Piazza knew about the tradition of the Dodgers when he was a member of the organization before joining the Mets in 1998. Roy Campanella, Johnny Podres and his godfather Tommy Lasorda spoke to Piazza about the history of the Brooklyn Dodgers.

"I think the tradition of baseball Brooklyn is long and deep and its very special for this community and this city.


New York Mets and Brooklyn Cyclones owner Fred Wilpon brought the Mets back to Brooklyn.New York Mets and Brooklyn Cyclones owner Fred Wilpon brought the Mets back to Brooklyn.

Most of the Mets I spoke to said how great the ballpark was. When they played in minors, the facilites was somewhat lacking such things as working bathrooms or enough locker room space or even a heater.

For Tsuyoshi Shinjo and Joe Mc Ewing, they have already been acquainted with the ballpark and the great crowds when both completed rehab assignments with the Cyclones.

"I spent a day here last year and it was a great experience," said Mc Ewing. "Packing the ballpark and mentioning to the kids that they were spoiled to be able play to 6500 people a night and play in a great facility."

Part of Wilpon’s plan when he bought the Mets from Nelson Doubleday in 2002 was to create a family atmosphere not only in Brooklyn but also with the Mets. But he also wants to win with the 2003 Mets and Piazza knows Wilpon’s desire to bring a championship back to the Mets.


New Mets pitcher Tom Glavine signs autographs for the fans.New Mets pitcher Tom Glavine signs autographs for the fans.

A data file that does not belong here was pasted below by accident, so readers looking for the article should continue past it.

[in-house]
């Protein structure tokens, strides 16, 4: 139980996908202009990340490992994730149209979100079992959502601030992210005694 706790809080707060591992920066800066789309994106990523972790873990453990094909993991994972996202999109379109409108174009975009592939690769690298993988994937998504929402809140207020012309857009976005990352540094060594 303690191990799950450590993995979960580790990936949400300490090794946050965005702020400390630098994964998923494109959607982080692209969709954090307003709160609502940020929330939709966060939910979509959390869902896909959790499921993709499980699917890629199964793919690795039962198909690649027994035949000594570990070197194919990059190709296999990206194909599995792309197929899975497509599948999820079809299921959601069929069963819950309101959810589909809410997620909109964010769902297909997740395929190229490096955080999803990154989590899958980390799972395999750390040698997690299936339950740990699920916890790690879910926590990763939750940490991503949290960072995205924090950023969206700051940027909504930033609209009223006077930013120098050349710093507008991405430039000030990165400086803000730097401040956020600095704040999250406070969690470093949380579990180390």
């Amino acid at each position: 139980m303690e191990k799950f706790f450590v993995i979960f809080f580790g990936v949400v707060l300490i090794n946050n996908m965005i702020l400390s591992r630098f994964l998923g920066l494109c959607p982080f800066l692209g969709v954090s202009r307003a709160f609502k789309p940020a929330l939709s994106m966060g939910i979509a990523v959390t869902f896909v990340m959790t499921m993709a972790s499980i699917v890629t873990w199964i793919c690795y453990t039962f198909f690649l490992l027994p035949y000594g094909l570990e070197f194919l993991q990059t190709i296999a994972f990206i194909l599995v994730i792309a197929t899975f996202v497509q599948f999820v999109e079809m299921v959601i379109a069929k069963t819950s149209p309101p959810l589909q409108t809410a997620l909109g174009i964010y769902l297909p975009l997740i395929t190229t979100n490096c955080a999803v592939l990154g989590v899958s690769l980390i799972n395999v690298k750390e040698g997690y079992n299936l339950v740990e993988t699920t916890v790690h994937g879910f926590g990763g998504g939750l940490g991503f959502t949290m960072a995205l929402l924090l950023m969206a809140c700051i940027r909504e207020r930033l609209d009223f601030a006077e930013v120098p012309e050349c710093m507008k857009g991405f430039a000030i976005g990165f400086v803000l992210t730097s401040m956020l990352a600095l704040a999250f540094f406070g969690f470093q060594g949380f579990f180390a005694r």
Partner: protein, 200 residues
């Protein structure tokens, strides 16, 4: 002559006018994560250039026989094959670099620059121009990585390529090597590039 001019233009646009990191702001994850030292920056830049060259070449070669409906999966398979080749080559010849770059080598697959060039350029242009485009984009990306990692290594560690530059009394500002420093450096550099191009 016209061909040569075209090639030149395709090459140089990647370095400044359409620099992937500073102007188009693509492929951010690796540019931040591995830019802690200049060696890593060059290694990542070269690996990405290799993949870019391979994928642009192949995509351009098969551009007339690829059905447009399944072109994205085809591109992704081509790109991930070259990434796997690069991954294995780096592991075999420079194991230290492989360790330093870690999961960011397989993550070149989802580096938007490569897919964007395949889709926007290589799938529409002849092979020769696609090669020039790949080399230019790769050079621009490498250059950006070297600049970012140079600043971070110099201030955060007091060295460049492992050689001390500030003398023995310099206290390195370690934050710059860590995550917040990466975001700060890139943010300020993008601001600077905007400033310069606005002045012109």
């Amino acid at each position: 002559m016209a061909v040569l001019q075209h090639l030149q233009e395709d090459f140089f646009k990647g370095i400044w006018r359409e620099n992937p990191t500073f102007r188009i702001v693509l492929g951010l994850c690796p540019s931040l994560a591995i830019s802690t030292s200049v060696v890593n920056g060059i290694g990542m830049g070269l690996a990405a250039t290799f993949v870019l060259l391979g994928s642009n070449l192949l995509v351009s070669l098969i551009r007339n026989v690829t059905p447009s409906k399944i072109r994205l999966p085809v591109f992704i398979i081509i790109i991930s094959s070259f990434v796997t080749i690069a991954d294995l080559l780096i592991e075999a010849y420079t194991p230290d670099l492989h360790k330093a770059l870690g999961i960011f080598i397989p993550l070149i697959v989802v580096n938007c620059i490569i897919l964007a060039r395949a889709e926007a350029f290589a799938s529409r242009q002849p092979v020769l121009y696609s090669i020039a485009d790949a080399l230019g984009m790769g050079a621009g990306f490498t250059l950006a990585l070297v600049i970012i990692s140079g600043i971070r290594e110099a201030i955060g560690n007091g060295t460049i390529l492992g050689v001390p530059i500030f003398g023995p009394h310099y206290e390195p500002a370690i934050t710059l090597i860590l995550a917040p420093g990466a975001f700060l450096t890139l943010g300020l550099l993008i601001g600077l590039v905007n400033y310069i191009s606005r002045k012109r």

"Every year is a different story. We definitely feel like we addressed some of out deficiencies. We have to stay healthy, play together and we know its not going to be easy. We hope to stay out of that rollercoaster and have a good year."

McGuire Spirit Lives On

When Marquette defeated Kentucky and advanced to NCAA Final Four, the memories of Al McGuire coaching Marquette to a NCAA championship win over Dean Smith and North Carolina in 1977 came flooding back to a lot of people.

Al and his brother Dick was born and raised in Snug Harbor on 108th Street and played in the basketball courts near their family saloon. Both went to play at St. John’s as Dick had an all-star career with the Knicks and Al went to Marquette to become head coach.


Mets catcher Mike Piazza answers questions in the Cyclones locker room.Mets catcher Mike Piazza answers questions in the Cyclones locker room.

Al’s heart was always connected to the city and he recruited his best players from the area. When he announced his retirement in 1977, Al wanted to cap his career with an NCAA win after winning two NIT titles. The support for Al was tremendous throughout he country and when he cried and smiled after Marquette’s championship, the whole country smiled and cried as well. McGuire will be watching from that big basketball court in the sky and so will we.